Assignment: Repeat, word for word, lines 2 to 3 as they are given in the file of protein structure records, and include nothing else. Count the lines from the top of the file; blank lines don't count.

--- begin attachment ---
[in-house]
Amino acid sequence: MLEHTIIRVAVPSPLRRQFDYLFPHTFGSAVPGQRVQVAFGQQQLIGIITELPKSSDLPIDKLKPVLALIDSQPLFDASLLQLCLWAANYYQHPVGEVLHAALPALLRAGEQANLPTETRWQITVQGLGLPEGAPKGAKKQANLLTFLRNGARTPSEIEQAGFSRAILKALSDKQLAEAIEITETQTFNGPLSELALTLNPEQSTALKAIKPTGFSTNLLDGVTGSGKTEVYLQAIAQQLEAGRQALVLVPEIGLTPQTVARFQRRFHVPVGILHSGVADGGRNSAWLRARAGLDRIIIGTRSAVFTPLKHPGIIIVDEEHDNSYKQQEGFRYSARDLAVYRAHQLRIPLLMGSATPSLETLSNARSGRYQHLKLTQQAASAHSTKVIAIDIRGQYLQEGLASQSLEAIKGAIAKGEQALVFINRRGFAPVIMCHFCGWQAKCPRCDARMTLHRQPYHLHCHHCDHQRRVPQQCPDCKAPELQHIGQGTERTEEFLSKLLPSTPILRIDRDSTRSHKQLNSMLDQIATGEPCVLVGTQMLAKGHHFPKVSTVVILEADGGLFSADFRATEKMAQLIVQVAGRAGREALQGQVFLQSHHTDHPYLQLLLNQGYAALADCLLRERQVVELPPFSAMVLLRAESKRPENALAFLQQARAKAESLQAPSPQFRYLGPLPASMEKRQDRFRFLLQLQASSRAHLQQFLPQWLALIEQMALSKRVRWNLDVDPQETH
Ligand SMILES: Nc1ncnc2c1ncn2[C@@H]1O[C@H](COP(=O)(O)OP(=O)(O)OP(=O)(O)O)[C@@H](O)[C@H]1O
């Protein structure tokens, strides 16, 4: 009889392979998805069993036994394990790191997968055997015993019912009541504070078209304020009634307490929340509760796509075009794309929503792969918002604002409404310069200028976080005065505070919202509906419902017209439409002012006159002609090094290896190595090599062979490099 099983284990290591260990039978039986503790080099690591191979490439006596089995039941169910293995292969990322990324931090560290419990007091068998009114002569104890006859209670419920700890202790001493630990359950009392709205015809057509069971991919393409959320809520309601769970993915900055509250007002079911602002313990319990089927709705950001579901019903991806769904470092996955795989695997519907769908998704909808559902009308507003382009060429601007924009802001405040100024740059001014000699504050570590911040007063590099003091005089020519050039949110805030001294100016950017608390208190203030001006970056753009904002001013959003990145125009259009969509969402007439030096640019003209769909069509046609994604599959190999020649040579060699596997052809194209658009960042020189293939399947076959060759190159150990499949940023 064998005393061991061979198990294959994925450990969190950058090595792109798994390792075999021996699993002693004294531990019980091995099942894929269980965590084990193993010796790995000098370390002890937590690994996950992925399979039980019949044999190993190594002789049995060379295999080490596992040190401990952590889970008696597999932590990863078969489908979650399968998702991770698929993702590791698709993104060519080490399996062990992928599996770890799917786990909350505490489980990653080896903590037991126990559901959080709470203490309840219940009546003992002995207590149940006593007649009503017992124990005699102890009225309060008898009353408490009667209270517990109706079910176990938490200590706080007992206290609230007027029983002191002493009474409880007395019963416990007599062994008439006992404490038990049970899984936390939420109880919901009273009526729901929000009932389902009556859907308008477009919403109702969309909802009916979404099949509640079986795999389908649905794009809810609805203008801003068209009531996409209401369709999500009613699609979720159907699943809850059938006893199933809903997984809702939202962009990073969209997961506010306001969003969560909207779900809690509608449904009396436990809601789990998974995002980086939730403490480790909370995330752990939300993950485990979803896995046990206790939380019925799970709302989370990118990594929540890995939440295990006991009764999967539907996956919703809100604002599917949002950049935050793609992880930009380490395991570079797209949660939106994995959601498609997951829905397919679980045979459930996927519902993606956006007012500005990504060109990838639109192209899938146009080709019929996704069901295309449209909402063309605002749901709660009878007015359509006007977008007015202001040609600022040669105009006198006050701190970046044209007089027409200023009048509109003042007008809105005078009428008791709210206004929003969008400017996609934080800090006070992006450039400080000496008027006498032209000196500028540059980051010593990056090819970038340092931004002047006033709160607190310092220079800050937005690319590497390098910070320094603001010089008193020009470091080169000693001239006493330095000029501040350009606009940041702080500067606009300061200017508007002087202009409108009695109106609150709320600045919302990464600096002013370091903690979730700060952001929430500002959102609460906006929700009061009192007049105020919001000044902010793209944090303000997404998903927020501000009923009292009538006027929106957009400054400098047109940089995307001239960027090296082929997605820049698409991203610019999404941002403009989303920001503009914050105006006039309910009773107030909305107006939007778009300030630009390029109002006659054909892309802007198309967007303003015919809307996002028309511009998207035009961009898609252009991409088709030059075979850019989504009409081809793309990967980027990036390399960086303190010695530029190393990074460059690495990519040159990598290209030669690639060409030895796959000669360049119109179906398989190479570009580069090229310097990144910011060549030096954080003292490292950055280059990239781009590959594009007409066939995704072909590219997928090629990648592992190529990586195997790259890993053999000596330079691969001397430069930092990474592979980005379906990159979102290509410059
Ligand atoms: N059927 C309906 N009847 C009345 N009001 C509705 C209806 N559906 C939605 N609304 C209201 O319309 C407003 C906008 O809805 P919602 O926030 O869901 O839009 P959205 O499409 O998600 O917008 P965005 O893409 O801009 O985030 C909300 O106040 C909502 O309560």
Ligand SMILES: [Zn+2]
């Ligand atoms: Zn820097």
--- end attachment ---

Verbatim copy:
Amino acid sequence: MLEHTIIRVAVPSPLRRQFDYLFPHTFGSAVPGQRVQVAFGQQQLIGIITELPKSSDLPIDKLKPVLALIDSQPLFDASLLQLCLWAANYYQHPVGEVLHAALPALLRAGEQANLPTETRWQITVQGLGLPEGAPKGAKKQANLLTFLRNGARTPSEIEQAGFSRAILKALSDKQLAEAIEITETQTFNGPLSELALTLNPEQSTALKAIKPTGFSTNLLDGVTGSGKTEVYLQAIAQQLEAGRQALVLVPEIGLTPQTVARFQRRFHVPVGILHSGVADGGRNSAWLRARAGLDRIIIGTRSAVFTPLKHPGIIIVDEEHDNSYKQQEGFRYSARDLAVYRAHQLRIPLLMGSATPSLETLSNARSGRYQHLKLTQQAASAHSTKVIAIDIRGQYLQEGLASQSLEAIKGAIAKGEQALVFINRRGFAPVIMCHFCGWQAKCPRCDARMTLHRQPYHLHCHHCDHQRRVPQQCPDCKAPELQHIGQGTERTEEFLSKLLPSTPILRIDRDSTRSHKQLNSMLDQIATGEPCVLVGTQMLAKGHHFPKVSTVVILEADGGLFSADFRATEKMAQLIVQVAGRAGREALQGQVFLQSHHTDHPYLQLLLNQGYAALADCLLRERQVVELPPFSAMVLLRAESKRPENALAFLQQARAKAESLQAPSPQFRYLGPLPASMEKRQDRFRFLLQLQASSRAHLQQFLPQWLALIEQMALSKRVRWNLDVDPQETH
Ligand SMILES: Nc1ncnc2c1ncn2[C@@H]1O[C@H](COP(=O)(O)OP(=O)(O)OP(=O)(O)O)[C@@H](O)[C@H]1O